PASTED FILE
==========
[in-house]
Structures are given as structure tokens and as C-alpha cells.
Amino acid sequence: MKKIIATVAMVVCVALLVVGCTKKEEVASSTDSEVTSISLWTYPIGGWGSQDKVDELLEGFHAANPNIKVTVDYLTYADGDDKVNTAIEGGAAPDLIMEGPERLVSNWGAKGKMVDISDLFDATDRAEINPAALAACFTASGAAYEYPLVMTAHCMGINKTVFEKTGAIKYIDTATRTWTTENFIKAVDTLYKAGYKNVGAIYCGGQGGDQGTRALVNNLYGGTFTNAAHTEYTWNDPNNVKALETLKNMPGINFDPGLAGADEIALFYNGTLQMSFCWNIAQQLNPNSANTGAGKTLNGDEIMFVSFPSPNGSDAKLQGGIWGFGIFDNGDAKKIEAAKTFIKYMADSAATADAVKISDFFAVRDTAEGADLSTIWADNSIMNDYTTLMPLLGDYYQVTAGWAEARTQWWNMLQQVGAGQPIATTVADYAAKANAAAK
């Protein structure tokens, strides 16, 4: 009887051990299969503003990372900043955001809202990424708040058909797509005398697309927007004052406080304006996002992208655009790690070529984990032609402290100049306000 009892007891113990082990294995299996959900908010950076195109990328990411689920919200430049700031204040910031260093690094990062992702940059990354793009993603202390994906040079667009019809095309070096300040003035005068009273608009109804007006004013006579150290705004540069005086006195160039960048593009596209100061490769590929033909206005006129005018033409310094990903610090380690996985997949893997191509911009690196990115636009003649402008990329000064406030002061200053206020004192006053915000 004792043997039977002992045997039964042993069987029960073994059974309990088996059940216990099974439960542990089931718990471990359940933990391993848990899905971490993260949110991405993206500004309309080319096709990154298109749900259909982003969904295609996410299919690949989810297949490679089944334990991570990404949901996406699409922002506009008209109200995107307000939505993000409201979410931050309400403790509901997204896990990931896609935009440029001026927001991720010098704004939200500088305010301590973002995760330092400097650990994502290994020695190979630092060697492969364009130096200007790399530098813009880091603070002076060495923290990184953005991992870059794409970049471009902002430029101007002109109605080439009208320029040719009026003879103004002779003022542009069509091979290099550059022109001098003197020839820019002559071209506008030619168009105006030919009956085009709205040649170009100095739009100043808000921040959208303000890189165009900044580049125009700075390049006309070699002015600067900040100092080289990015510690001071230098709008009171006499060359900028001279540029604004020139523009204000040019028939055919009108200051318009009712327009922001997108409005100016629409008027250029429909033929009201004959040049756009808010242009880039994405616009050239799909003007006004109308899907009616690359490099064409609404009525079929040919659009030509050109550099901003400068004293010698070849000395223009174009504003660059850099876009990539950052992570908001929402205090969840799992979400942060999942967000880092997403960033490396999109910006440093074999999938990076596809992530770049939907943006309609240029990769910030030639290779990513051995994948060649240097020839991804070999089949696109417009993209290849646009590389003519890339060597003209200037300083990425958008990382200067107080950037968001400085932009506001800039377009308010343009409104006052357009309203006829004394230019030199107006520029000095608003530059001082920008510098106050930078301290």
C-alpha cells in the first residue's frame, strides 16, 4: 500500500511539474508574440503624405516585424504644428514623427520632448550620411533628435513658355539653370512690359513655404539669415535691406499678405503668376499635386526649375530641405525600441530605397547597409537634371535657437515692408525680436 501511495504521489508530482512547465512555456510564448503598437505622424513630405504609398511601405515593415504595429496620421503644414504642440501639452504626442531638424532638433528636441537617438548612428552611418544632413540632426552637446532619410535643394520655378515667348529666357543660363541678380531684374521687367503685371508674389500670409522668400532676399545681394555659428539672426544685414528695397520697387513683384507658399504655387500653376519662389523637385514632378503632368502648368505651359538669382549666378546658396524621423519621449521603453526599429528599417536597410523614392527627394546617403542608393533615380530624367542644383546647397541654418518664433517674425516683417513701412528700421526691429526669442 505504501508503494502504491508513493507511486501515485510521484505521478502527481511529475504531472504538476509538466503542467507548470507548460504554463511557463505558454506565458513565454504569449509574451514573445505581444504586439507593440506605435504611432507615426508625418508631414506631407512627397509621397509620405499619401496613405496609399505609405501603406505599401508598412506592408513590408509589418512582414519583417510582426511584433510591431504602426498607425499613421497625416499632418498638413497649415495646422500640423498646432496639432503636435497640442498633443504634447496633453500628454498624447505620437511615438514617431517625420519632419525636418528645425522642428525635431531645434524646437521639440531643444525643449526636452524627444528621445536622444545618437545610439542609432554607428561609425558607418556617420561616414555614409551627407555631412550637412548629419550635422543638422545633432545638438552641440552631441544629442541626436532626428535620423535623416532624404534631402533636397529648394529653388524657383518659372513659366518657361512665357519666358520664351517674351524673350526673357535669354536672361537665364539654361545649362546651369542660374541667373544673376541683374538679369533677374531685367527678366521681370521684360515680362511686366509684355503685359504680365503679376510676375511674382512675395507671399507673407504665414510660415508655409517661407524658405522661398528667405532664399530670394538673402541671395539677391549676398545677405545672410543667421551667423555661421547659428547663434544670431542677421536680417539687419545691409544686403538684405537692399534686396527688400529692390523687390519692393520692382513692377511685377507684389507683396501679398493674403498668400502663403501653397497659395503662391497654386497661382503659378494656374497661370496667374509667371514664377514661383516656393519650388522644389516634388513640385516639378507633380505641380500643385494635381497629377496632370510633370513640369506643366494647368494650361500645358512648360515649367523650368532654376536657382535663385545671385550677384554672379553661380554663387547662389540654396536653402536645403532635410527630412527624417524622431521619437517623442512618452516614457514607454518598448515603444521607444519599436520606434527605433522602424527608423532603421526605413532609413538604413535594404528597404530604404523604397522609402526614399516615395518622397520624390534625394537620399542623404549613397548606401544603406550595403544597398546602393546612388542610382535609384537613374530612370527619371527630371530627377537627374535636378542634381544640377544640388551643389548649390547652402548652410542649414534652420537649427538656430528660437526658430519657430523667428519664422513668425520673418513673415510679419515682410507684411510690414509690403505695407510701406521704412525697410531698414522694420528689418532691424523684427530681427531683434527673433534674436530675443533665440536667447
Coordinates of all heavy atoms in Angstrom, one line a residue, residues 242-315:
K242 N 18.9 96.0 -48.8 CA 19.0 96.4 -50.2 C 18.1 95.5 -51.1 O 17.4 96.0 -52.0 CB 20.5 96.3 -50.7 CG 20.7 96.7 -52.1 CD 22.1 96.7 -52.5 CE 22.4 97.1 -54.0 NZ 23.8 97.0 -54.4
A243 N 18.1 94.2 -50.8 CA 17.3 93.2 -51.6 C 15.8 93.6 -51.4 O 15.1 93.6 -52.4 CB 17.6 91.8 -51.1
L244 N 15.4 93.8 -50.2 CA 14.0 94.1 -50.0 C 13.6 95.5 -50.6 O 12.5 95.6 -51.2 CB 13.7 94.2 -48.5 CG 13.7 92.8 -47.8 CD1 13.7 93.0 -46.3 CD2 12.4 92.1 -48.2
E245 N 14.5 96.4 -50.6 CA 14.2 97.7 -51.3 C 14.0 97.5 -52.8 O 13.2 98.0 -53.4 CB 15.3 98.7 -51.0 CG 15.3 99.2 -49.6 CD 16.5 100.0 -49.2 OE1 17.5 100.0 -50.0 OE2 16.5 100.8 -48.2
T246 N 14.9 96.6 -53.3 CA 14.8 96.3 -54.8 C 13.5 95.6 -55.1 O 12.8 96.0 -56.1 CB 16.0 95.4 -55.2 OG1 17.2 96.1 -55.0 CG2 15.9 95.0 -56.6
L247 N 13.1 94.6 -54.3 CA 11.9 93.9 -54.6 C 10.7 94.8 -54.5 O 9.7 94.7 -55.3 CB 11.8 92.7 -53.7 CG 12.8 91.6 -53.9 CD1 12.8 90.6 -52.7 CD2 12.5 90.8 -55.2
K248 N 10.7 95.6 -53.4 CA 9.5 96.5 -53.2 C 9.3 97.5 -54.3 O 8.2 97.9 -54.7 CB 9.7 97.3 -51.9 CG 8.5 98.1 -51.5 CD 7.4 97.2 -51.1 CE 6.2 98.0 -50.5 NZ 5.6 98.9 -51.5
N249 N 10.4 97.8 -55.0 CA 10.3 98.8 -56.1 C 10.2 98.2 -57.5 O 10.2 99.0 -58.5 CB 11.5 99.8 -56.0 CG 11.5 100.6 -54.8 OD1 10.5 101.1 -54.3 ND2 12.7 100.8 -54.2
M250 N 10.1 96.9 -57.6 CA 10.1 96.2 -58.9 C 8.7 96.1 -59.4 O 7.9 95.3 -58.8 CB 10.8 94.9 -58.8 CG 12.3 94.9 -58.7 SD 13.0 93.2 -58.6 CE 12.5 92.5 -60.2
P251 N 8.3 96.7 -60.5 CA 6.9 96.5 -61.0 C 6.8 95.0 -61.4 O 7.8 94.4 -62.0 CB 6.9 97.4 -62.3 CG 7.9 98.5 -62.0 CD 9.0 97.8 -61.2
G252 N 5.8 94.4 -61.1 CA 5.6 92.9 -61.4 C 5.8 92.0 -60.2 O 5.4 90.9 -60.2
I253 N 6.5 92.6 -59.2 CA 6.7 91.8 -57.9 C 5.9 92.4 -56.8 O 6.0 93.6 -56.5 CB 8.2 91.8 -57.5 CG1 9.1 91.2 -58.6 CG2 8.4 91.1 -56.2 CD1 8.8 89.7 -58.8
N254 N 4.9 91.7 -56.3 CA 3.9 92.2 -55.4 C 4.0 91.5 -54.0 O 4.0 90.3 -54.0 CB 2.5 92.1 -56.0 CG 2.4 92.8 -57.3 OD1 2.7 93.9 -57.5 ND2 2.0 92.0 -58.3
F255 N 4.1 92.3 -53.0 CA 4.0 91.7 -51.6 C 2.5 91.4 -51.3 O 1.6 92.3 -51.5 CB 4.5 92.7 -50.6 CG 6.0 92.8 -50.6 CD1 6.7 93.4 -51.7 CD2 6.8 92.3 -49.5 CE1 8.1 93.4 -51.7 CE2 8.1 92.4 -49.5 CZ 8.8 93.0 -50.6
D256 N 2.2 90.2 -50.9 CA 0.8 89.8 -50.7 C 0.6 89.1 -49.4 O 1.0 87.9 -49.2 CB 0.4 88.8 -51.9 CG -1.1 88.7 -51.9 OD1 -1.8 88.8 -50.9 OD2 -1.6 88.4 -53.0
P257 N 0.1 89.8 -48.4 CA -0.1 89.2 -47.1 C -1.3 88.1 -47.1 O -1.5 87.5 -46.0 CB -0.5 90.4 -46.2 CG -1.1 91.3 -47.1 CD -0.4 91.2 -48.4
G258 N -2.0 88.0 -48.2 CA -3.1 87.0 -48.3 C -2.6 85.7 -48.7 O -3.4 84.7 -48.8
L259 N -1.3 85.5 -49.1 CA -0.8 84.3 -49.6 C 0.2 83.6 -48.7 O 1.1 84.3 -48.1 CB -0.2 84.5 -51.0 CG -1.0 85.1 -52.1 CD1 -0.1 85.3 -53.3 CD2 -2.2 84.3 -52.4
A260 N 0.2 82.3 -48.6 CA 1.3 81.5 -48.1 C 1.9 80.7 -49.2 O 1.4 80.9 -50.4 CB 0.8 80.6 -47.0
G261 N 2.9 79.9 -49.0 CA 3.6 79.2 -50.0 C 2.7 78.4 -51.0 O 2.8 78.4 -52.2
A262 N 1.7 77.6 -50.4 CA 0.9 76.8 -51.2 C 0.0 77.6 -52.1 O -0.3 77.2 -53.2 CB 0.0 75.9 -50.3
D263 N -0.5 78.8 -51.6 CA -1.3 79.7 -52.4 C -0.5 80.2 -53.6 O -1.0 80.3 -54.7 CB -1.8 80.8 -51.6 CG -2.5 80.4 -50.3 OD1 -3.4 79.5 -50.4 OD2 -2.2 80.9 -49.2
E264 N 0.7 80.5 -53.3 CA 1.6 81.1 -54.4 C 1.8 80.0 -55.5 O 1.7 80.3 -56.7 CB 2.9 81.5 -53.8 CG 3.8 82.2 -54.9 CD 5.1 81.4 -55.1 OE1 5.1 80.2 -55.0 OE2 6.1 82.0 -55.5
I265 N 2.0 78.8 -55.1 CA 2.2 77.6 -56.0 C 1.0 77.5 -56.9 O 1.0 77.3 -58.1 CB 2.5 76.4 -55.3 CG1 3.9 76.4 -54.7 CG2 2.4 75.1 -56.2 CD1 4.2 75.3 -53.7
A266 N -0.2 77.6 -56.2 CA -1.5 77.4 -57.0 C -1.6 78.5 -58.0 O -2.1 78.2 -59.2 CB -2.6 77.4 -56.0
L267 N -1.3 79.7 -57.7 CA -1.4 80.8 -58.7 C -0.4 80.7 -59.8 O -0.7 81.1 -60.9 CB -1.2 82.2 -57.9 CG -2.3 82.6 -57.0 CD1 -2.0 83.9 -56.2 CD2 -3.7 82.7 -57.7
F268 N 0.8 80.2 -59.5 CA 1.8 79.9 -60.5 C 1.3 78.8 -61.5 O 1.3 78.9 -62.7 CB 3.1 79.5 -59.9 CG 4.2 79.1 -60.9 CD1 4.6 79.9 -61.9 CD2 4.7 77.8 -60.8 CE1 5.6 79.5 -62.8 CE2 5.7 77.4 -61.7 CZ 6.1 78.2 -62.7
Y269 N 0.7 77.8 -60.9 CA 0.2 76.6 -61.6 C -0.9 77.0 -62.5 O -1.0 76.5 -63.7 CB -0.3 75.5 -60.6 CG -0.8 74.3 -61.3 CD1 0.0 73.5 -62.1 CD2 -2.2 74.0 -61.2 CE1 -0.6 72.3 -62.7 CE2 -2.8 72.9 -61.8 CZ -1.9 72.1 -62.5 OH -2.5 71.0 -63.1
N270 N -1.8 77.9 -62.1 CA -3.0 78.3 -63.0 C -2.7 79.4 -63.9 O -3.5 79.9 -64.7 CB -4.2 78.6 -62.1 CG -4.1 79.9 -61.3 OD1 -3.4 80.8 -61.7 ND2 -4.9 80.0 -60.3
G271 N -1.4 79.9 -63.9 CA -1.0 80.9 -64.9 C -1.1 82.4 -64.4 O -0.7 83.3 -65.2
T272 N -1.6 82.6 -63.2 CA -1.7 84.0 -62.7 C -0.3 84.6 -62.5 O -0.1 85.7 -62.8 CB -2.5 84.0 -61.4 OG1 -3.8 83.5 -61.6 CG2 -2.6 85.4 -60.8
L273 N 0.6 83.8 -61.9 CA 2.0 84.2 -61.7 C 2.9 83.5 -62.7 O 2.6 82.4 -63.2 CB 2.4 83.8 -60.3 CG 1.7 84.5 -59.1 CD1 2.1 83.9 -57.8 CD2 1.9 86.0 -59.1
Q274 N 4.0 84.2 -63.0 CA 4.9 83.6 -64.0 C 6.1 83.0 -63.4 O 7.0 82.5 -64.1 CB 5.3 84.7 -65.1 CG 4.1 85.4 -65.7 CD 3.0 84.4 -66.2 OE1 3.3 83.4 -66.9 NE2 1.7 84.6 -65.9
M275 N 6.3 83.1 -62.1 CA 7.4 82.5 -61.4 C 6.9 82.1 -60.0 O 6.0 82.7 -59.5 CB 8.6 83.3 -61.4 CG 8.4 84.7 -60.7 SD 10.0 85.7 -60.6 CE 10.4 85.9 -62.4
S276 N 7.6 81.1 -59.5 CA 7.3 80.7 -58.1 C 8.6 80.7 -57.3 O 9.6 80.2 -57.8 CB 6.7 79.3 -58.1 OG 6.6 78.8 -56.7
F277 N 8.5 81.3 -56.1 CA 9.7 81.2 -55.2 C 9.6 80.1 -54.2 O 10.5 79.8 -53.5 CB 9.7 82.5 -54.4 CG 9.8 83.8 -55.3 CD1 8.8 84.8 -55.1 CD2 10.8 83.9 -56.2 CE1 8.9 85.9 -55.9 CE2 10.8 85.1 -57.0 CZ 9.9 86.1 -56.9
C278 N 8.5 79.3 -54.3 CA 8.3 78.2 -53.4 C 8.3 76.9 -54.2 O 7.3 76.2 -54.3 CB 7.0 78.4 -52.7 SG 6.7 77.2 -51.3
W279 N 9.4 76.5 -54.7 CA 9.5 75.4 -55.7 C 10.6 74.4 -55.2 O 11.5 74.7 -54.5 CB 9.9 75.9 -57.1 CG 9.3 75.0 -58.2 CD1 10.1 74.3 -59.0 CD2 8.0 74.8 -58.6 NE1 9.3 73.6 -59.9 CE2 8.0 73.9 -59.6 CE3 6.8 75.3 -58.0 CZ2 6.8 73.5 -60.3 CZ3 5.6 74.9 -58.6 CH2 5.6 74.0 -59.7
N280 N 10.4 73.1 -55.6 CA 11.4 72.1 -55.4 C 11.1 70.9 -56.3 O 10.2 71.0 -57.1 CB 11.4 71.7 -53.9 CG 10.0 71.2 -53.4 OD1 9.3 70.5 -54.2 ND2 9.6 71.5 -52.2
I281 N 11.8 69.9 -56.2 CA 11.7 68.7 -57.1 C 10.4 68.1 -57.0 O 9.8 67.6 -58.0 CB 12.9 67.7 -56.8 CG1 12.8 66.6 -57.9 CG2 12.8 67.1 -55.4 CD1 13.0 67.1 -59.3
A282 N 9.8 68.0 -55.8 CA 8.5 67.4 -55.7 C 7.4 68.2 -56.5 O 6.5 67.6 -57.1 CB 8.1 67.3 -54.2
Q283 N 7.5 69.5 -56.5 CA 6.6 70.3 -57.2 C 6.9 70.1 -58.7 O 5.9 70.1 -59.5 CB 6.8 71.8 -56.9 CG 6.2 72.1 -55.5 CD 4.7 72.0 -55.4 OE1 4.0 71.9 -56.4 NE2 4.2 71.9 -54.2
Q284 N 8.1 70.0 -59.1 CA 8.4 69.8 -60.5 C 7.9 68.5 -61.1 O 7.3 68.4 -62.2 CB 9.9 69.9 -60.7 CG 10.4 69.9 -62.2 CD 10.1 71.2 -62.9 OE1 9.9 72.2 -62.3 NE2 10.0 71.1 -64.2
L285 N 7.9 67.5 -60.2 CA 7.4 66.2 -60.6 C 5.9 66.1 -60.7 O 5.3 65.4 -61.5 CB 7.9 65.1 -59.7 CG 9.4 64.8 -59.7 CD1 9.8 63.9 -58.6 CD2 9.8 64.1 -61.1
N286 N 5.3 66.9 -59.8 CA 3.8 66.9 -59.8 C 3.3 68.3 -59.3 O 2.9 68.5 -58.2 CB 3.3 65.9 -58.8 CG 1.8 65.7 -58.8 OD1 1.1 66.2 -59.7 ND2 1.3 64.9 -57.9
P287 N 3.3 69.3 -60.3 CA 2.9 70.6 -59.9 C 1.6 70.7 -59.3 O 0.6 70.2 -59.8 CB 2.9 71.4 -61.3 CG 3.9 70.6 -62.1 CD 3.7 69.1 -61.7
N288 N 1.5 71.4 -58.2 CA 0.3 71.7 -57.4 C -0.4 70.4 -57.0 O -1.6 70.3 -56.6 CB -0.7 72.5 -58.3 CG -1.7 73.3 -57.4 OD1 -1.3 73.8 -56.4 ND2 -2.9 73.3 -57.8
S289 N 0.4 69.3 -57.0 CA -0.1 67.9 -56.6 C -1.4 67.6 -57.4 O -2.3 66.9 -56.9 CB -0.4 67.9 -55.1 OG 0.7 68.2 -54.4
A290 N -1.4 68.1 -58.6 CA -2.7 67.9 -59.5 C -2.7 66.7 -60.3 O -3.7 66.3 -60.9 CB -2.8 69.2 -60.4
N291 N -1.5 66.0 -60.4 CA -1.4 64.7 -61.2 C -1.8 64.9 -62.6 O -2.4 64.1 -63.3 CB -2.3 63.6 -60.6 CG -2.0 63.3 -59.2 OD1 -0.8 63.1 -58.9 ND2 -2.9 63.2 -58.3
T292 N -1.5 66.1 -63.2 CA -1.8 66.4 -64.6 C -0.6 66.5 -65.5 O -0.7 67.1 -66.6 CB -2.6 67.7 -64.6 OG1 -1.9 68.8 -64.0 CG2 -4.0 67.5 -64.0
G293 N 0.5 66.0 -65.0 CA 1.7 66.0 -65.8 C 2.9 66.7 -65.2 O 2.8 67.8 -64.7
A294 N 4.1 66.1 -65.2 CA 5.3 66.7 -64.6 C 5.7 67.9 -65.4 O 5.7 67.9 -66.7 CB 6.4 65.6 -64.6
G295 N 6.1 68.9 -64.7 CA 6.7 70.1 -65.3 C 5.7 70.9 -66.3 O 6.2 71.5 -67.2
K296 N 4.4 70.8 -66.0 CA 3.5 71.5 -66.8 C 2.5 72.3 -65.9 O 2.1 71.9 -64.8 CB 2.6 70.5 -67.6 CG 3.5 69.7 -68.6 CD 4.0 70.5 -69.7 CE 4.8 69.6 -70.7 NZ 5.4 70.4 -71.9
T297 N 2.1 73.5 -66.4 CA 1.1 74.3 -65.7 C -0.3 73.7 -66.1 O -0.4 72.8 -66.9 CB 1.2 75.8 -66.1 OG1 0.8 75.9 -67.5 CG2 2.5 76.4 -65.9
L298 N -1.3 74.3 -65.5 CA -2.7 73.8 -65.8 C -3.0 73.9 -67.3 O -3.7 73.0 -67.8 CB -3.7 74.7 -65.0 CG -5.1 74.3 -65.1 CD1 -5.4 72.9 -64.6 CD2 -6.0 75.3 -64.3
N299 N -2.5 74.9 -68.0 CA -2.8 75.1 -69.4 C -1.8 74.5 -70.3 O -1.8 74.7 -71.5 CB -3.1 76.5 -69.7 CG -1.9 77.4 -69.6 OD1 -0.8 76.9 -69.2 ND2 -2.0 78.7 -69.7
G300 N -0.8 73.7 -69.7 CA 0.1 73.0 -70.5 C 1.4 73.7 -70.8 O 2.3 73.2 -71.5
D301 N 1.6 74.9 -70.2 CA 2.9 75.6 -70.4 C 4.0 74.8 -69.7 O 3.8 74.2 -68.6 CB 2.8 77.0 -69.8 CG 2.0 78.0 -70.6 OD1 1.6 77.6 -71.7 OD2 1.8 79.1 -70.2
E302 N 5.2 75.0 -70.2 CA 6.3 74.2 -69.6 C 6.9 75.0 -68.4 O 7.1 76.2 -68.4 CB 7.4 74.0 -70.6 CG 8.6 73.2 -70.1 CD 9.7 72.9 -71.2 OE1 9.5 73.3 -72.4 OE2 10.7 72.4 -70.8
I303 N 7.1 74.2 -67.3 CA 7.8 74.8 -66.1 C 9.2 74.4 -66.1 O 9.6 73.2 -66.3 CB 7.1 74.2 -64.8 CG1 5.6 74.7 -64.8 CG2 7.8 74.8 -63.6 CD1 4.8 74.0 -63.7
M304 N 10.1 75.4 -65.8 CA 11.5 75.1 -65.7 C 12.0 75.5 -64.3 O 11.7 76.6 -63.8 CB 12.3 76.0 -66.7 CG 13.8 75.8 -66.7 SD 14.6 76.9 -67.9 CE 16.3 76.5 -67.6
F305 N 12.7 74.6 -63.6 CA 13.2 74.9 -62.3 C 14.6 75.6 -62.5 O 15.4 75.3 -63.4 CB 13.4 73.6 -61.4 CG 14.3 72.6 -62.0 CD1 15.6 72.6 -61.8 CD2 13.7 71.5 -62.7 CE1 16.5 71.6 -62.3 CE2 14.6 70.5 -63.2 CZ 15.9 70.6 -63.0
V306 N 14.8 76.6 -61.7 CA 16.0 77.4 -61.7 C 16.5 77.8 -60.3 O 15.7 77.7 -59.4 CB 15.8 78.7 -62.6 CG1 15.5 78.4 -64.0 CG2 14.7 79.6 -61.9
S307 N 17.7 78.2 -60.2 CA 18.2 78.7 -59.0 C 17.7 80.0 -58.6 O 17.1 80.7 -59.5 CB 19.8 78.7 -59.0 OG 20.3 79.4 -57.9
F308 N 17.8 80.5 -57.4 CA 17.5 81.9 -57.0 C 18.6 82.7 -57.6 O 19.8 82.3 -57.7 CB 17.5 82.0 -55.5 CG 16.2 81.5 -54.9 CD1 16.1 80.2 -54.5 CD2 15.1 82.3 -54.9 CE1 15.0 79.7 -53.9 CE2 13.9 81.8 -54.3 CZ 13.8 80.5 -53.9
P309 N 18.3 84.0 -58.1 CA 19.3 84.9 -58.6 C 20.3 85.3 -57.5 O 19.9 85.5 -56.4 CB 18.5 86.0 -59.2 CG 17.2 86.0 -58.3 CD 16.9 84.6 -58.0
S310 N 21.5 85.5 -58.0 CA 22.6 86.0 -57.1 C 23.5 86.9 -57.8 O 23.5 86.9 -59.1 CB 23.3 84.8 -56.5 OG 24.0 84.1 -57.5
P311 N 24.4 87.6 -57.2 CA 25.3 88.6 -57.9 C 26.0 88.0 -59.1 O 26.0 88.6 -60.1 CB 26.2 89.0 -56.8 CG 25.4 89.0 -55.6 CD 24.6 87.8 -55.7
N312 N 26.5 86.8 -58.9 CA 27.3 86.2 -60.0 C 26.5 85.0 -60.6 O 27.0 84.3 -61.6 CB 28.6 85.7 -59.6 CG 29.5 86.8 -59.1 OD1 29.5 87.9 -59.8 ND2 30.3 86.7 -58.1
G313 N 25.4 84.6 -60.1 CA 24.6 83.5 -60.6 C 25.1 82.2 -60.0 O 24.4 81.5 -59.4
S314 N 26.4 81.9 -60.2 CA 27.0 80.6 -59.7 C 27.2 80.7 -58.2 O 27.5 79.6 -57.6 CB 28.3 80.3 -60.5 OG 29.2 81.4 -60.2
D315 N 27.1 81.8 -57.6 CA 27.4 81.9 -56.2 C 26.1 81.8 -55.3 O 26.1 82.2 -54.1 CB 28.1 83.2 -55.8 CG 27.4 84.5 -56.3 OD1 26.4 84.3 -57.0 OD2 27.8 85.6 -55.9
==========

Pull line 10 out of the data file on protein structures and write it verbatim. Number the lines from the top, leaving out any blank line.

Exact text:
E245 N 14.5 96.4 -50.6 CA 14.2 97.7 -51.3 C 14.0 97.5 -52.8 O 13.2 98.0 -53.4 CB 15.3 98.7 -51.0 CG 15.3 99.2 -49.6 CD 16.5 100.0 -49.2 OE1 17.5 100.0 -50.0 OE2 16.5 100.8 -48.2